Prayers of SVD

May the darkness of sin
and the night of unbelief vanish before the light of the Word
and the Spirit of grace
and may the Heart of Jesus live
in the hearts of all people.

(Saint Arnold Janssen)





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26 May 2019

Mission Journey

After six months in Indonesia, I had to go abroad to get a new visa. This is a normal process that applies to all missionaries. Now a missionary cannot obtain a work permit in Indonesia, but only a tourist visa. Due to the fact that Timor Leste has been an independent country for almost 20 years, and the distance from the island of Flores to Timor is relatively close, I went by plane to Kupang, the capital of NTT (Sunda Islands).

In Kupang, which is now rapidly growing town, I was waiting for a flight to Atambua which is a city near to the border with East Timor. I could visit the kindergarten, high school and clinic run by the SSpS Sisters. As always, children and youth greeted me with great joy. I could also do shopping here, because there are a lot of supermarkets like in the Western countries. After a few days, I flew to the central part of the island, and from there I moped by car to the border with Timor Leste.

Timor Leste gained independence on May 20, 2002. This country is constantly struggling with several problems. People live here differently than in neighboring Indonesia. Domestic and farm animals move freely around the area. Nobody keeps them in the pens. When driving a car, you must be careful not to drive into a cow, goat, dog, pig, or the chickens crossing the road. The main road through the country is being renovated due to heavy rains and mudslides. It drags on for years. Renovation works and business in Timor are mainly carried out by the Chinese people. There is poverty in the country, but the local currency is still the US dollar.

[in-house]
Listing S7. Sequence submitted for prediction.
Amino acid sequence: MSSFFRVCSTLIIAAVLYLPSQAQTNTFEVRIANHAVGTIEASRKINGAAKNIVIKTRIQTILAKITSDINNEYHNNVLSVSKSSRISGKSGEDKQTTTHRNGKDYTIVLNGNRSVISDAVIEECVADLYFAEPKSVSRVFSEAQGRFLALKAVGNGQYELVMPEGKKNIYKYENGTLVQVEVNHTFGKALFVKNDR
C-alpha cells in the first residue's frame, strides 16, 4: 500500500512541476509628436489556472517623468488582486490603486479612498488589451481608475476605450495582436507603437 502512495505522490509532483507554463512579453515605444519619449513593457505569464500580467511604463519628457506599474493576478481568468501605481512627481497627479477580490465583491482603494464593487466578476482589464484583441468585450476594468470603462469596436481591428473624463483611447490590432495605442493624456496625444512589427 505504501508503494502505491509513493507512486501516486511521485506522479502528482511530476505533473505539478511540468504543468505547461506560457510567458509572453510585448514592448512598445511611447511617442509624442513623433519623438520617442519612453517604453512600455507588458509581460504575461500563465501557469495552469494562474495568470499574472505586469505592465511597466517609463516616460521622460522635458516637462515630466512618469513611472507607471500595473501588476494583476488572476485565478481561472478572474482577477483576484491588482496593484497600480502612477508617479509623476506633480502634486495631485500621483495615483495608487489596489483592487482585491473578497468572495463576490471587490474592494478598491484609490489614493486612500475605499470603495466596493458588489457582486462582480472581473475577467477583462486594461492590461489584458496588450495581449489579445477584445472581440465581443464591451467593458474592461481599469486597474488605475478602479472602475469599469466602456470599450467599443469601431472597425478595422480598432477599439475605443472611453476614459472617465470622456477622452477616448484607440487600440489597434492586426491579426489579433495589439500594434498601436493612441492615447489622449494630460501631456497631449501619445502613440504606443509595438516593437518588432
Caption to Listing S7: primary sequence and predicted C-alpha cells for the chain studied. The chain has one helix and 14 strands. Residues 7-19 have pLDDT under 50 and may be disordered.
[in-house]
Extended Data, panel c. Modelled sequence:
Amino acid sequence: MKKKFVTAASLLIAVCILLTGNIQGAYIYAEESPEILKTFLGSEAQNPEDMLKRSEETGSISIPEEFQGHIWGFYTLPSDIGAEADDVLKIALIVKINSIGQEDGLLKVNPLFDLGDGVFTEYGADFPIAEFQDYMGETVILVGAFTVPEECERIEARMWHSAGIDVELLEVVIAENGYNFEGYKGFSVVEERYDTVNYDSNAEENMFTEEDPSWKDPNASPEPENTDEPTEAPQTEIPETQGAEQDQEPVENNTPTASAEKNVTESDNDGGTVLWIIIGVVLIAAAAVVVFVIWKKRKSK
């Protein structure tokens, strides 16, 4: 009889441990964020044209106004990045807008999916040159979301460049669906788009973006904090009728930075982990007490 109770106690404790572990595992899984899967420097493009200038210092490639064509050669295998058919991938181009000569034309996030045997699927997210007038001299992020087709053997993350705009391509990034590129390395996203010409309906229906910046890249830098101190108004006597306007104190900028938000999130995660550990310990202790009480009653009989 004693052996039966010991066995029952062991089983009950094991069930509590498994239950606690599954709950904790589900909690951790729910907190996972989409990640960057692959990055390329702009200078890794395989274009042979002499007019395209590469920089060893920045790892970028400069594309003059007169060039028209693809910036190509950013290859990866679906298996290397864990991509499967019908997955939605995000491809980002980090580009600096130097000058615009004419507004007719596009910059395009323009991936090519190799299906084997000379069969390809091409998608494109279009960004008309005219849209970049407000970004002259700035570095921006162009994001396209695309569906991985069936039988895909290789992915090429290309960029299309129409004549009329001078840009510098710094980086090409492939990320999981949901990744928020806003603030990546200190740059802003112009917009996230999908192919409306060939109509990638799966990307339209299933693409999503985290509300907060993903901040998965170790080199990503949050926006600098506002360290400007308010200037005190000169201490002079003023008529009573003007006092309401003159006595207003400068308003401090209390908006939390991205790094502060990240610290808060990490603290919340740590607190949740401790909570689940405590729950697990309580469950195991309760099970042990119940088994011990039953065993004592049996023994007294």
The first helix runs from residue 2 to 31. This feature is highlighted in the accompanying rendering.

I came to the capital city Dili on Friday and waited for a new entry visa to Indonesia. The city is crowded, and the locals speak their language 'tetum', in addition the Portuguese language is used, and sometimes Indonesian and English. There are many new religious communities, but the majority of consecrated people still come from Indonesia. The SVD missionaries are also well-known here because during the fights for independence they helped escapees. There are currently over 20 postulants who are educated in the capital. Sisters Servants of the Holy Spirit have a novitiate house in a nearby town called Hera. Because it is outside the city, the temperature and air is much nicer than in Dili.

On the way back I stayed for a week in Kefamenan. It is a small town, but you can get full education from kindergarten to university there. People from Timor are very hospitable and friendly. Their faith and openess encourage me to stay in this part of Indonesia. Moreover, there are many tasty fruit and the landscape is beautiful. It was difficult for me to leave Timor because I made good relationships here. In six months, I will go again to meet with my new friends, and at the same time renew my visa for the next period of my stay in Indonesia.